In a biological ecology, different species take advantage of different ecological niches, which provide natural opportunities to grow and succeed. The complexity of biological ecologies ensures that there are niches for many different kinds of roles and functions. Just as it would be surprising to find only one grass or wildflower species in a biological community, we should not look for only one or two roles for people and tools in an information ecology.

In an information ecology, there are different kinds of people and different kinds of tools. In a healthy information ecology, they work together in a complementary way. In a library information ecology, for example, we find that librarians fill niches such as handling rare books, telling stories to children, answering reference questions, and publishing World Wide Web materials. All of these different roles of librarians help make the library work well for its community, providing different resources for varied audiences and their needs. The set of technical resources in a library is also diverse. There are computers that provide electronic catalogs and Internet access, paper and pencils for writing down call numbers, and labels on the shelves so you know which section of books you are looking at.

Diversity is necessary for the health of the ecology itself, to permit the system to survive continual and perhaps chaotic change. Monoculture - a fake, brittle ecology - gives sensational results for a short time, then completely fails. Information ecologies should be teeming with different kinds of people and ideas and technologies. It is captivating to wander through a rain forest and stultifying to be stuck in a hundred acres of soybeans. A diverse information ecology is a lively, human, intensely social place, even if it incorporates very advanced technologies. It has many different resources and materials and allows for individual proclivities and interests.


A natural environment offers many toeholds for life of various forms. With tenacity and vigor, species migrate and change to fill the available niches. These adaptations lead in turn to further change, as the entire system adjusts to new constraints and possibilities. A healthy ecology is not static, even when it is in equilibrium.

Similar dynamics are at work in evolving information ecologies. The pace of new technology development ensures that school, work, and home settings will continue to be offered newer, faster, and different tools and services - not just once, but repeatedly. Information ecologies evolve as new ideas, tools, activities, and forms of expertise arise in them. This means that people must be prepared to participate in the ongoing development of their information ecologies. For example, as schools across the country are wired by enthusiastic volunteers on NetDays, school teachers and administrators should expect to make decisions about how to use the new classroom Internet access not just once, but again and again. The Internet is rapidly changing, and the information ecologies in which the Internet plays a role must participate in those changes.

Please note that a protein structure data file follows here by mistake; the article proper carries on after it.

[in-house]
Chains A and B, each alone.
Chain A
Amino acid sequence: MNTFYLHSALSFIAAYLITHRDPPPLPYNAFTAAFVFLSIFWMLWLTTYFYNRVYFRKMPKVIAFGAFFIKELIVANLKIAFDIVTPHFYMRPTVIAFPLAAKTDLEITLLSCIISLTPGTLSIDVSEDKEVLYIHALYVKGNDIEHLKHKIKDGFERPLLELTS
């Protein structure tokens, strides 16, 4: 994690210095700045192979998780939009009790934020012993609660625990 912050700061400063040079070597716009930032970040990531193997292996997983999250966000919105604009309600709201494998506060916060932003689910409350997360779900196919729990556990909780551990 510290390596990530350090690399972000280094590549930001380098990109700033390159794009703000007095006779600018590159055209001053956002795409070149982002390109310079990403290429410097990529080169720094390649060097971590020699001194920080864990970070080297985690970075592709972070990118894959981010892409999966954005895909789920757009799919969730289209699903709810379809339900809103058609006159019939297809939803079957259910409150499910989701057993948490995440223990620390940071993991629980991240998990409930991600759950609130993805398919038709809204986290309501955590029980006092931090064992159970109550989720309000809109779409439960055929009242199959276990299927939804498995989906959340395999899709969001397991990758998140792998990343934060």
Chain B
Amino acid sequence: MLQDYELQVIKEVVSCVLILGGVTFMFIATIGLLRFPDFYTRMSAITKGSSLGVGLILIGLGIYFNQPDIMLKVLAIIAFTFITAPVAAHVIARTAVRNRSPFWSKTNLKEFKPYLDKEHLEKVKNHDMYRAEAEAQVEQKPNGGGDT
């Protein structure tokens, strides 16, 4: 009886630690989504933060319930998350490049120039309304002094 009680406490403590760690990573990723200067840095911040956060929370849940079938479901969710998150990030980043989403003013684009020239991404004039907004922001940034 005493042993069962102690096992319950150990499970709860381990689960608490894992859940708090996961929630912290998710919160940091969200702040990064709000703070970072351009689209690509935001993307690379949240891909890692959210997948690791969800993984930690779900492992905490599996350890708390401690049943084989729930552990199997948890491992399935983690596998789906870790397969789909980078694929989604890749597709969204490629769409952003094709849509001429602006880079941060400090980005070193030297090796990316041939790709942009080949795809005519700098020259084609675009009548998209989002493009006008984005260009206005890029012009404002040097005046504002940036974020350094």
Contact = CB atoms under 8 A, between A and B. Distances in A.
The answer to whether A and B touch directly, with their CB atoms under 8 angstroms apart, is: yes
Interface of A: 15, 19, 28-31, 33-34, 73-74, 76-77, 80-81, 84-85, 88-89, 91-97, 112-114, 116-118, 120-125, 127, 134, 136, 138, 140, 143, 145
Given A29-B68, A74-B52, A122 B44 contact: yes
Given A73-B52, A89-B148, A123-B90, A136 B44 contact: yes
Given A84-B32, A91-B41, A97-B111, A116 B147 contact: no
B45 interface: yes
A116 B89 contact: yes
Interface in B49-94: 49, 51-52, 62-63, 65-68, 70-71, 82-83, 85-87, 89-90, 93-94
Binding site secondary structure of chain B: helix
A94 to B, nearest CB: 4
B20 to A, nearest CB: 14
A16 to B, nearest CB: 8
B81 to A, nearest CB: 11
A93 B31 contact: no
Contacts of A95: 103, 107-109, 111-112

Information ecologies are filled with people who learn and adapt and create. Even when tools remain fixed for a time, the craft of using tools with expertise and creativity continues to evolve. The social and technical aspects of an environment coevolve. People's activities and tools adjust and are adjusted in relation to each other, always attempting and never quite achieving a perfect fit. This is part of the dynamic balance achieved in healthy ecologies - a balance found in motion, not stillness.

Evolution implies a past, as well as a future. An information ecology as a persistent structure over time acquires its own history. It displays the stable participation of an interconnecting group of people and their tools and practices. An experience with an ATM machine, for example, is not an information ecology. It is a useful but isolated service that is too simple to be an ecology. By contrast, a bank office is an information ecology with diverse services and activities, where there are interconnections among people and their tools. When we are in a bank, we can sense that the activities, materials, and tools of the trade have a continuing history of development and change.

Keystone Species

An ecology is marked by the presence of certain keystone species whose presence is crucial to the survival of the ecology itself. In the Indiana sand dunes, marram grasses send out root systems up to twenty feet in length to stabilize their sandy environs. Without these grasses and their roots, the dune sands would disperse and shift erratically in the face of strong winds blowing in off Lake Michigan.

When we add new technologies to our own information ecologies, we sometimes try to work in the absence of essential keystone species. Often such species are skilled people whose presence is necessary to support the effective use of technology.